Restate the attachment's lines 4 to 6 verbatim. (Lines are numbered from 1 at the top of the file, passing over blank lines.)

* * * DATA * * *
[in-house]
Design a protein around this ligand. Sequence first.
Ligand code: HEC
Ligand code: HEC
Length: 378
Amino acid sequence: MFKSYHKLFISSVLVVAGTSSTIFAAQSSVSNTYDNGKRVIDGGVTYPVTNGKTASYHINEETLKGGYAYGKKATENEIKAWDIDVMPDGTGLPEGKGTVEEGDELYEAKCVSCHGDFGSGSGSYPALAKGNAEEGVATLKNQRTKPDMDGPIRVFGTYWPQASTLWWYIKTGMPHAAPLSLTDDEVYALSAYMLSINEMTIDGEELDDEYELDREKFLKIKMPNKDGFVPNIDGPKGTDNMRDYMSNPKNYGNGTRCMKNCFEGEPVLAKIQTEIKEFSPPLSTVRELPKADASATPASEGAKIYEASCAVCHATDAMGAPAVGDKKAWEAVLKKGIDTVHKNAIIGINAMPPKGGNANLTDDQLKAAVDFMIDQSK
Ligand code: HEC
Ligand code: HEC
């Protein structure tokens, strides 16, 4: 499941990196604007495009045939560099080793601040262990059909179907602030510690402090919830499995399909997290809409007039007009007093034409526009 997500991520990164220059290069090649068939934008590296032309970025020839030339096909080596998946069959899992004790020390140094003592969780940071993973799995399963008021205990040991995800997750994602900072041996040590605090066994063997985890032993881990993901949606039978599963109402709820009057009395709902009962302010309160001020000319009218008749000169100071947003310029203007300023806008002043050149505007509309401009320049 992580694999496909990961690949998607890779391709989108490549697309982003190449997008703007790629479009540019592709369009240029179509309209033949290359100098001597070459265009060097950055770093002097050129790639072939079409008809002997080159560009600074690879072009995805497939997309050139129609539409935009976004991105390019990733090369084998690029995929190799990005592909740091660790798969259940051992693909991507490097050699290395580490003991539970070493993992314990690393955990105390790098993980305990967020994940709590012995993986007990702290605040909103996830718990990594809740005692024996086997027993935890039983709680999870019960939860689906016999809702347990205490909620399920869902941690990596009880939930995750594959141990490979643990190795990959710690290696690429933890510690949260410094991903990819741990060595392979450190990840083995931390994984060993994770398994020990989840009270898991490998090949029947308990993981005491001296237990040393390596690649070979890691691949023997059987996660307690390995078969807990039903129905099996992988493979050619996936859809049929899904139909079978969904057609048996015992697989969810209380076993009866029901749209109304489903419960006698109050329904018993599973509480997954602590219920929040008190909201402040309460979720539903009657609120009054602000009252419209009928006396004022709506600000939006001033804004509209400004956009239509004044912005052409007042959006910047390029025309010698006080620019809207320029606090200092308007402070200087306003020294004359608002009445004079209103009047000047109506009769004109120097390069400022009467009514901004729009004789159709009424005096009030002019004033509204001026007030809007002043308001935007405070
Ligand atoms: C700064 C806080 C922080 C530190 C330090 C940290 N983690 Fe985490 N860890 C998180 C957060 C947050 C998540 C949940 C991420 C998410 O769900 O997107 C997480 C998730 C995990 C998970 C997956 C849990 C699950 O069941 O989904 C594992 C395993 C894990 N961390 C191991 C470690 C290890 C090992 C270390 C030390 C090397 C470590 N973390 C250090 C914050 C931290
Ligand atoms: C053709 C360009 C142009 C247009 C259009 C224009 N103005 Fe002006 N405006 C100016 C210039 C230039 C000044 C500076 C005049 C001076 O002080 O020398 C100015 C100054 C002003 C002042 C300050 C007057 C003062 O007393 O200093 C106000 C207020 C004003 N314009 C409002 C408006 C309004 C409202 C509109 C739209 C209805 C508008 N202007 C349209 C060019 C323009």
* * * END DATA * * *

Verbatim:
Ligand code: HEC
Length: 378
Amino acid sequence: MFKSYHKLFISSVLVVAGTSSTIFAAQSSVSNTYDNGKRVIDGGVTYPVTNGKTASYHINEETLKGGYAYGKKATENEIKAWDIDVMPDGTGLPEGKGTVEEGDELYEAKCVSCHGDFGSGSGSYPALAKGNAEEGVATLKNQRTKPDMDGPIRVFGTYWPQASTLWWYIKTGMPHAAPLSLTDDEVYALSAYMLSINEMTIDGEELDDEYELDREKFLKIKMPNKDGFVPNIDGPKGTDNMRDYMSNPKNYGNGTRCMKNCFEGEPVLAKIQTEIKEFSPPLSTVRELPKADASATPASEGAKIYEASCAVCHATDAMGAPAVGDKKAWEAVLKKGIDTVHKNAIIGINAMPPKGGNANLTDDQLKAAVDFMIDQSK